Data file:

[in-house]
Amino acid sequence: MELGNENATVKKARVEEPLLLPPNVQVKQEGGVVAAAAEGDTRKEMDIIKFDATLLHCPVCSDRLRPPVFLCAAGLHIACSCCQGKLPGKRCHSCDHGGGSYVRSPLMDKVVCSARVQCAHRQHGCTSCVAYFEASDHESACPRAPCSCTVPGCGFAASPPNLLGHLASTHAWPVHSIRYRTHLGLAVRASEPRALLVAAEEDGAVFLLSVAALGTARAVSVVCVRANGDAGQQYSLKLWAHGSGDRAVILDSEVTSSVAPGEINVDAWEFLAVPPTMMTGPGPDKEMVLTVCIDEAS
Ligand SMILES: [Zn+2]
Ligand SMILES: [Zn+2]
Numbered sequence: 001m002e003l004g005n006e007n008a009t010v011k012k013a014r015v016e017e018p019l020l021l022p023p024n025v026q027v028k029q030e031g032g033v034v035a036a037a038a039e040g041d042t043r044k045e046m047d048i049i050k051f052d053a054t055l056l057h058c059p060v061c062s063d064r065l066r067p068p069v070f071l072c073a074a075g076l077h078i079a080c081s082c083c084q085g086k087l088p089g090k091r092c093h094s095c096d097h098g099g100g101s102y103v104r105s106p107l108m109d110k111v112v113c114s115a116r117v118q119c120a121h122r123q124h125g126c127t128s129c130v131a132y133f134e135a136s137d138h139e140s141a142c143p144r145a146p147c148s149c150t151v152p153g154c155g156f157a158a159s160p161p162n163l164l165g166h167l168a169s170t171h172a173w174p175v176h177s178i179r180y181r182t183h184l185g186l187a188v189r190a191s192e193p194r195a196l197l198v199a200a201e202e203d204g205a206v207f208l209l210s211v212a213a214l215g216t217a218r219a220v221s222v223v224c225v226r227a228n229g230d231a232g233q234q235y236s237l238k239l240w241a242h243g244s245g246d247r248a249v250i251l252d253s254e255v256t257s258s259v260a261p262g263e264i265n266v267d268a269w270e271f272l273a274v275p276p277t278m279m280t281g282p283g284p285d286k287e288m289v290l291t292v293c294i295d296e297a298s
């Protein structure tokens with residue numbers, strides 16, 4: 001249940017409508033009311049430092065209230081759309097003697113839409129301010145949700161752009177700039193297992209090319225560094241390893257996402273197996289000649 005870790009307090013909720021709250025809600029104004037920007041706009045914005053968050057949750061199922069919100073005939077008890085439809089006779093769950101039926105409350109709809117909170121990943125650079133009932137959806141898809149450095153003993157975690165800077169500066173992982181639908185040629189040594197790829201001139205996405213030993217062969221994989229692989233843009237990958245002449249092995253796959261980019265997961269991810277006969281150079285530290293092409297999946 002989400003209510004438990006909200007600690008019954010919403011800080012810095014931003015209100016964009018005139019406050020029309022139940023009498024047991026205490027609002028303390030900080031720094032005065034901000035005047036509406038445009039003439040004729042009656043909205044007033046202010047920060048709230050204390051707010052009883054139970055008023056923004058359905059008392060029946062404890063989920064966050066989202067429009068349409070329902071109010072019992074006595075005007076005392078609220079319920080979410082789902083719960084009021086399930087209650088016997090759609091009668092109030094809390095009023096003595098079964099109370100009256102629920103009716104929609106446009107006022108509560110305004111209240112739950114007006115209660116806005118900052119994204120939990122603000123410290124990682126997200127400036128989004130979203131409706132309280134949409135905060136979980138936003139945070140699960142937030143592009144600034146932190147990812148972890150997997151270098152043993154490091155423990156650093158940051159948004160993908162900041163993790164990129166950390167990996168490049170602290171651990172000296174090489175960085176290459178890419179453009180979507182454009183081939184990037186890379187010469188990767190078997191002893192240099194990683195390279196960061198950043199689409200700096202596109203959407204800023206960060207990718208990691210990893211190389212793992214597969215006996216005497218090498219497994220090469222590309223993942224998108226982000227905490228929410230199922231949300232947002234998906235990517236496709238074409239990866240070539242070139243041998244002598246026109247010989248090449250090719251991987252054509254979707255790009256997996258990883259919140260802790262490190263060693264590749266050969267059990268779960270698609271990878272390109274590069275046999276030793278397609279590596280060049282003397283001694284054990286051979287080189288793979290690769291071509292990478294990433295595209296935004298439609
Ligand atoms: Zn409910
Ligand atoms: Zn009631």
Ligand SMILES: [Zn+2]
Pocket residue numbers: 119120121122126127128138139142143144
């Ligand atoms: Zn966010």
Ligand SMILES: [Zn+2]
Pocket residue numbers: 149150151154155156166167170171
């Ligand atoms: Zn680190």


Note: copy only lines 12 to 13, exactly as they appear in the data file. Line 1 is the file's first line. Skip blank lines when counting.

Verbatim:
Ligand SMILES: [Zn+2]
Pocket residue numbers: 149150151154155156166167170171